The changes in Bridge City have been many since the ‘70s, not only in businesses and locations but in veterinary medicine. 

Dr. Albert Pugh IV with Bridge City Animal Hospital says not only the medical field has changed, but so have people.

“In 1976 there wasn’t a lot of value put on pets, it seems,” says Pugh, who will celebrate 35 years in Bridge City starting at 1 p.m. July 25 at his office, 2832 Texas Ave. “But with the companion / animal bond that’s developed over the last 20 years, animals have a lot bigger role. We see not just dogs and cats but anything like goldfish and other pets like that – which are good for people and help lower blood pressure and cholesterol.”

The anniversary will feature a best dressed, ugliest dog and best trick contests, plus the annual “wiener dog races.” 

“It seems like a lot of people now spend more money on their pets than they do on their kids,” says Pugh, who says he’s seen advances in heartworm and rabies treatments. “Things have changed tremendously. You don’t often see distemper or hepatitis anymore.”

A native of Kilgore, Pugh came to Bridge City in 1974 out of vet school at Texas A&M, having served a few years with the Army and stationed on the East Coast. He became an assistant to Dr. John Van Zant, who retired two years later.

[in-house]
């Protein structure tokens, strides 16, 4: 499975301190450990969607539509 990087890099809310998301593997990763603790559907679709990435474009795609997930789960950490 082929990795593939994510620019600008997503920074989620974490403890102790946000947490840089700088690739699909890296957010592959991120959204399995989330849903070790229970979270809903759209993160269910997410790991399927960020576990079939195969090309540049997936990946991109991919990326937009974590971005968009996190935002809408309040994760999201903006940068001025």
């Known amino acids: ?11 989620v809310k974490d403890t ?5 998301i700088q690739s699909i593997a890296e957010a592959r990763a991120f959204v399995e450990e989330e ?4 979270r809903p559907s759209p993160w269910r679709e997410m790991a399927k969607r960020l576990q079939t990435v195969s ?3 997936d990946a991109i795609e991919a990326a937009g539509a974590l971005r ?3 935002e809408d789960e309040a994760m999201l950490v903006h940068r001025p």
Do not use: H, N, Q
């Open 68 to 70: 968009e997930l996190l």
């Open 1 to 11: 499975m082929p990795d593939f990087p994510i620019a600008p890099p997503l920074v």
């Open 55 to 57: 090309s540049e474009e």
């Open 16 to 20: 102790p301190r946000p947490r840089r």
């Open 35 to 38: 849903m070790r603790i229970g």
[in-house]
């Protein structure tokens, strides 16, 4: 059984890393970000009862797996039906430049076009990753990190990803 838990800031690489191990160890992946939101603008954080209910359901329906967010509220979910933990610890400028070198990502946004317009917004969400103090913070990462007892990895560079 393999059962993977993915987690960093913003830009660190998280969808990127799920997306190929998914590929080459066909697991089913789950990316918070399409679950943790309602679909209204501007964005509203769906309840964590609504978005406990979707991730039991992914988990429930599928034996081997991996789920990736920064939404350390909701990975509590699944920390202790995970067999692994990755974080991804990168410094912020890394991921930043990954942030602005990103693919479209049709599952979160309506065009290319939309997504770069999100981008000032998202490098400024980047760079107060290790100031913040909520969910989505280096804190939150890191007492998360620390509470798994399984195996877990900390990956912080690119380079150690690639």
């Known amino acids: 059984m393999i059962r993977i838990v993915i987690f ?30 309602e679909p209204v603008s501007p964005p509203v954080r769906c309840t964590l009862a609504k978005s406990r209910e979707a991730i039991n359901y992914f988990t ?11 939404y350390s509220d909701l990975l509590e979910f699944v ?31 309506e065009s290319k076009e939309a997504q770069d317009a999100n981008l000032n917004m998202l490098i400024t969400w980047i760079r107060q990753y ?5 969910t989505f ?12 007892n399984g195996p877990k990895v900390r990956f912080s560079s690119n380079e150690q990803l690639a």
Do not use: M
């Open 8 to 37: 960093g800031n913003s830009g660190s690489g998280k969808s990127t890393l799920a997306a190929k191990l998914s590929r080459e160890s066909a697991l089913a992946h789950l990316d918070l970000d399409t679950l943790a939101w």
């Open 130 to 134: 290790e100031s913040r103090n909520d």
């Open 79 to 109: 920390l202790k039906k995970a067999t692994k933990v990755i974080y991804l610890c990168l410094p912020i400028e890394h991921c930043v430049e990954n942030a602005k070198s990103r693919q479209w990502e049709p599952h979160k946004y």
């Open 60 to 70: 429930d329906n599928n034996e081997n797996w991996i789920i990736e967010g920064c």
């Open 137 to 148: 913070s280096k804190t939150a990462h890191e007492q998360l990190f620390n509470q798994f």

“I wanted to become a vet because I loved both medicine and animals,” Pugh says. “I thought that I could do both by becoming a veterinarian. I also found out that – at the time – I could graduate in a total of five years of college and start practicing as a veterinarian.”

With hurricane season underway, Pugh advises several things to do when evacuating pets. Take plenty of food and water with you, any medical records, heartworm or flea medicines; and you might want to have your pet “micro-chipped” for ID purposes.

Pugh’s office has a new paint job and other renovations made possible by Hurricane Ike damage. He moved there from his old location after that building’s roof was taken off by Hurricane Rita’s high winds.

Pugh has two children, Carrie Doyle and Albert Pugh V – and three granddaughters. 

His hobbies include equestrian dressage competitions, and he has a bronze medal to show for it from the United States Dressage Federation. Dressage is a French term which means “training” and develops a horse’s natural athletic ability and willingness to work – making him calm and attentive to the rider.

“There’s not an awful lot of it in this area,” says Pugh, who travels to other parts of the state to compete in dressage events. 

Although the sport is something the doctor has only recently taken up, his daughter Carrie attributes it to his lifelong passion for animals.

For more information on the July 25 anniversary, or to register your pet, call 735-9155. 

“We certainly want to thank the community of Bridge City for all the support they’ve done for us in the last 30-plus years,” Dr. Pugh says.